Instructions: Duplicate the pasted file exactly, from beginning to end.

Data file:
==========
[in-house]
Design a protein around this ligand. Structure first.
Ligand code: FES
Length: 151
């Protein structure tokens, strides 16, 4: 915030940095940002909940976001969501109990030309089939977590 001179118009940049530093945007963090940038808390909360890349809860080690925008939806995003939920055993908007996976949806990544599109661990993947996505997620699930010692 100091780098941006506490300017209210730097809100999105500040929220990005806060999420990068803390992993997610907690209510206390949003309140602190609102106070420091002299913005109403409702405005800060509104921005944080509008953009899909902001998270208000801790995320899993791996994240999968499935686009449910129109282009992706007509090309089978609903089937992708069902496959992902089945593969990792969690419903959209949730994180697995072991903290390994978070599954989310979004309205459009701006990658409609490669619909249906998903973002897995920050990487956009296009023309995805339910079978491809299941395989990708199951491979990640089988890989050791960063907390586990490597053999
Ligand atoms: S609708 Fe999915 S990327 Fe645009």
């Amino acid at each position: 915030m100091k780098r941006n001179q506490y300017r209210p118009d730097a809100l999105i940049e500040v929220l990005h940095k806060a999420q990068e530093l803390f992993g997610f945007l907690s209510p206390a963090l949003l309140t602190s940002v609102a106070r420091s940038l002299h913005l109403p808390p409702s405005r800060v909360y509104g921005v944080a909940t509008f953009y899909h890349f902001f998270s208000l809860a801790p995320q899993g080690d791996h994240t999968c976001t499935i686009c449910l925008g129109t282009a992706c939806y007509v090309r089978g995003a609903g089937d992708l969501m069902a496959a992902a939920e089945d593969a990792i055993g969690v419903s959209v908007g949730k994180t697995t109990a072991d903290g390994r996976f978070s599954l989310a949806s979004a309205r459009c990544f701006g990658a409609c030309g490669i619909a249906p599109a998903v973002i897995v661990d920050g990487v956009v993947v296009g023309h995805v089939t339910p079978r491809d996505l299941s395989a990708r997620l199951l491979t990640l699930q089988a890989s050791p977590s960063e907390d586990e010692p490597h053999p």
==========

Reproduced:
[in-house]
Design a protein around this ligand. Structure first.
Ligand code: FES
Length: 151
């Protein structure tokens, strides 16, 4: 915030940095940002909940976001969501109990030309089939977590 001179118009940049530093945007963090940038808390909360890349809860080690925008939806995003939920055993908007996976949806990544599109661990993947996505997620699930010692 100091780098941006506490300017209210730097809100999105500040929220990005806060999420990068803390992993997610907690209510206390949003309140602190609102106070420091002299913005109403409702405005800060509104921005944080509008953009899909902001998270208000801790995320899993791996994240999968499935686009449910129109282009992706007509090309089978609903089937992708069902496959992902089945593969990792969690419903959209949730994180697995072991903290390994978070599954989310979004309205459009701006990658409609490669619909249906998903973002897995920050990487956009296009023309995805339910079978491809299941395989990708199951491979990640089988890989050791960063907390586990490597053999
Ligand atoms: S609708 Fe999915 S990327 Fe645009």
């Amino acid at each position: 915030m100091k780098r941006n001179q506490y300017r209210p118009d730097a809100l999105i940049e500040v929220l990005h940095k806060a999420q990068e530093l803390f992993g997610f945007l907690s209510p206390a963090l949003l309140t602190s940002v609102a106070r420091s940038l002299h913005l109403p808390p409702s405005r800060v909360y509104g921005v944080a909940t509008f953009y899909h890349f902001f998270s208000l809860a801790p995320q899993g080690d791996h994240t999968c976001t499935i686009c449910l925008g129109t282009a992706c939806y007509v090309r089978g995003a609903g089937d992708l969501m069902a496959a992902a939920e089945d593969a990792i055993g969690v419903s959209v908007g949730k994180t697995t109990a072991d903290g390994r996976f978070s599954l989310a949806s979004a309205r459009c990544f701006g990658a409609c030309g490669i619909a249906p599109a998903v973002i897995v661990d920050g990487v956009v993947v296009g023309h995805v089939t339910p079978r491809d996505l299941s395989a990708r997620l199951l491979t990640l699930q089988a890989s050791p977590s960063e907390d586990e010692p490597h053999p």